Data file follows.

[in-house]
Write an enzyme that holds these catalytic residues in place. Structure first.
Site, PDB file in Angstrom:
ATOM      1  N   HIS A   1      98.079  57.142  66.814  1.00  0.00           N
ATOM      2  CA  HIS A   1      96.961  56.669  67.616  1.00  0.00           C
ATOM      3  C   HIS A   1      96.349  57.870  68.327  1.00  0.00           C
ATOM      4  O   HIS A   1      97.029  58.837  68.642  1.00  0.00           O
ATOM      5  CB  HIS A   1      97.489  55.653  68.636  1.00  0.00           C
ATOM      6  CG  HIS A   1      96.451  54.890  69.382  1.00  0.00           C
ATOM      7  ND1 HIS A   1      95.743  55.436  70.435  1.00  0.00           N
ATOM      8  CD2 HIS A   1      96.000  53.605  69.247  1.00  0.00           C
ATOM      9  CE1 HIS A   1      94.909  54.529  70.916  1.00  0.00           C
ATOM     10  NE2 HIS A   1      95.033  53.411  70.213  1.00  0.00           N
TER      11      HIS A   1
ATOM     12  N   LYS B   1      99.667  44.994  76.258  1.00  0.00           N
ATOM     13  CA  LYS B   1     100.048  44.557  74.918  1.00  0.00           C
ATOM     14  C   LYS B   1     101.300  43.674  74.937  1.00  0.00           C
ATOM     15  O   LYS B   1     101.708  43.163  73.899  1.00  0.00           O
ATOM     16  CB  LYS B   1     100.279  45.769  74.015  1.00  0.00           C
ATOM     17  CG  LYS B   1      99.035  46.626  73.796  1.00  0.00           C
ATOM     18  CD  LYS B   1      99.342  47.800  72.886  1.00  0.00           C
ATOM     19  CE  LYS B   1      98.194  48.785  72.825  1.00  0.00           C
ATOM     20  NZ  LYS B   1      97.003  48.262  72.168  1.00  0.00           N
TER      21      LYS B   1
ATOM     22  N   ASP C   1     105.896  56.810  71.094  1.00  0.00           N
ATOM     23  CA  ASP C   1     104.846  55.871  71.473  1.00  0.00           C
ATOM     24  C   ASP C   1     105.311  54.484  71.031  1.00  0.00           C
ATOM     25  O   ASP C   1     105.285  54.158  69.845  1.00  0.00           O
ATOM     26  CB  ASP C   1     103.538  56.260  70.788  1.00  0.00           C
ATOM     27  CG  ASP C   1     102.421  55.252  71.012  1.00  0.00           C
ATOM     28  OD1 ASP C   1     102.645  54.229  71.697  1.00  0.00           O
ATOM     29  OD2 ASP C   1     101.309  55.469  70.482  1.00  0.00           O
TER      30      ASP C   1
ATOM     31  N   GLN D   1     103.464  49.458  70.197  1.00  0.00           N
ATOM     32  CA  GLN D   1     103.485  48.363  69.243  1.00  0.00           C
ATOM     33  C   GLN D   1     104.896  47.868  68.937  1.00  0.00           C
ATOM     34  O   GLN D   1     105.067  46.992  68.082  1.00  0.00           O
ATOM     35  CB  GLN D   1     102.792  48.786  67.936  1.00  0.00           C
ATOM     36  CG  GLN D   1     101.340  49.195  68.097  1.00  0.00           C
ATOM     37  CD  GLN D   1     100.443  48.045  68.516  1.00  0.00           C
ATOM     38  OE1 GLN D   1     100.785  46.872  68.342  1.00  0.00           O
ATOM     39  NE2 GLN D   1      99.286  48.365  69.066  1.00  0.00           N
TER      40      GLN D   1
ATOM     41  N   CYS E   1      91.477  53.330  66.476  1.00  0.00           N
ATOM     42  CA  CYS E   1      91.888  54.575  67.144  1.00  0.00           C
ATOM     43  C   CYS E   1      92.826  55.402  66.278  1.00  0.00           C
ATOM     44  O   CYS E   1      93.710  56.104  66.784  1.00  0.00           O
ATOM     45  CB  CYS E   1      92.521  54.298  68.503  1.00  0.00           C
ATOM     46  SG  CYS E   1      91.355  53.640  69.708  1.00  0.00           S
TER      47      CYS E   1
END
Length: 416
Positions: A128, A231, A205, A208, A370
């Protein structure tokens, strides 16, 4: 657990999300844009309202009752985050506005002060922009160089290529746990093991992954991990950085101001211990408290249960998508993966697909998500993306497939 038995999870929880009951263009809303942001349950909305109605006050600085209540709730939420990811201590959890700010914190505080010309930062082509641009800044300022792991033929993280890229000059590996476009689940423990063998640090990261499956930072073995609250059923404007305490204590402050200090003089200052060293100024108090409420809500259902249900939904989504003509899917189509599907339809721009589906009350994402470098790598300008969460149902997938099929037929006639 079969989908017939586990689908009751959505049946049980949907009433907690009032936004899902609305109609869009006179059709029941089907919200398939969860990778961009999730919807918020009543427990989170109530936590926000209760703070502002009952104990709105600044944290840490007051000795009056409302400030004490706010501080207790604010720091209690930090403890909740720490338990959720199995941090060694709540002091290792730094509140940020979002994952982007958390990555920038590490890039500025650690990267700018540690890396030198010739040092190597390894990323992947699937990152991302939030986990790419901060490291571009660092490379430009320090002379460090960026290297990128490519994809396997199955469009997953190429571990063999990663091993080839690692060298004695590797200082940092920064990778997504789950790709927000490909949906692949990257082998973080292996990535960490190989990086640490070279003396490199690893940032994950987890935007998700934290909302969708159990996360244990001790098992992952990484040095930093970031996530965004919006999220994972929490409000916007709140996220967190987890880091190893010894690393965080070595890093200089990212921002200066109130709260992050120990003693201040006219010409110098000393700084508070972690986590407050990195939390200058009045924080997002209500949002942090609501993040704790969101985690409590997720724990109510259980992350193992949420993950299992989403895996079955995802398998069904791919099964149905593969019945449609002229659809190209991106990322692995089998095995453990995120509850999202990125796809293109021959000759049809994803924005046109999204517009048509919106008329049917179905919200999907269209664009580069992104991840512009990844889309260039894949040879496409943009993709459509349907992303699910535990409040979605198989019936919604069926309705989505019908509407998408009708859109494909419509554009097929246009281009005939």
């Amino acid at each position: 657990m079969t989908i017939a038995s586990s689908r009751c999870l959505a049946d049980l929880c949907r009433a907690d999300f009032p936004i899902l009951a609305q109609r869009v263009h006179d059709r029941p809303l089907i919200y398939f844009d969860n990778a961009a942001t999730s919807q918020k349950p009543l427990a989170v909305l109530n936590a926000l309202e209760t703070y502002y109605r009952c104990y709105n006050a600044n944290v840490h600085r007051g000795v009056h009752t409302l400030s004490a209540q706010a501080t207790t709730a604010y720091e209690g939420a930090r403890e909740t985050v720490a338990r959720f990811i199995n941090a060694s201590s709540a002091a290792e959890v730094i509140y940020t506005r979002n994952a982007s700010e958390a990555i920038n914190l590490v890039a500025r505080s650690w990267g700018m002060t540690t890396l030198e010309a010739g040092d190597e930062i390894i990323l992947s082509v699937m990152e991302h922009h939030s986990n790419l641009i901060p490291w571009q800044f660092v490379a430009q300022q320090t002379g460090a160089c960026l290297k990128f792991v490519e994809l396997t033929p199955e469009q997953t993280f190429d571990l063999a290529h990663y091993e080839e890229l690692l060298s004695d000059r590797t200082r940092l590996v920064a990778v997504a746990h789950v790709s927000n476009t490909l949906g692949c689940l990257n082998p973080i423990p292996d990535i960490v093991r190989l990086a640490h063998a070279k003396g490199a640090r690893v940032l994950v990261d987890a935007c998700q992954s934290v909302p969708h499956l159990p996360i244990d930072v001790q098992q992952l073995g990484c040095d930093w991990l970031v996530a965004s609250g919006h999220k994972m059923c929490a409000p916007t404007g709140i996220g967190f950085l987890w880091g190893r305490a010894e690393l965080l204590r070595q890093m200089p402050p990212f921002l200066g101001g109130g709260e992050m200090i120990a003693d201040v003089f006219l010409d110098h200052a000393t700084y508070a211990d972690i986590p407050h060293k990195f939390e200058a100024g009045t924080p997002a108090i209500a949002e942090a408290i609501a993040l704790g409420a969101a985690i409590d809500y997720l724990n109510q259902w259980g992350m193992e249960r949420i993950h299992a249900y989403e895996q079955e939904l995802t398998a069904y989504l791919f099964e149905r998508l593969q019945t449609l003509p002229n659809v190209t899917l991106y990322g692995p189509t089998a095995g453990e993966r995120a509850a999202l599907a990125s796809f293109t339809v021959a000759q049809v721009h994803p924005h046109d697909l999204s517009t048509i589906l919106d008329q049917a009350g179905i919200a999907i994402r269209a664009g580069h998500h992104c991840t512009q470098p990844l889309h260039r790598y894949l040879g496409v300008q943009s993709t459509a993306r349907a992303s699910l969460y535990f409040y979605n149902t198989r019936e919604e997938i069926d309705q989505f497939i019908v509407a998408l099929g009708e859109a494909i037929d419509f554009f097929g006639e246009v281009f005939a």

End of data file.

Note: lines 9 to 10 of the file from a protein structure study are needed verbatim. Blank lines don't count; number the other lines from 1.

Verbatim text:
ATOM      6  CG  HIS A   1      96.451  54.890  69.382  1.00  0.00           C
ATOM      7  ND1 HIS A   1      95.743  55.436  70.435  1.00  0.00           N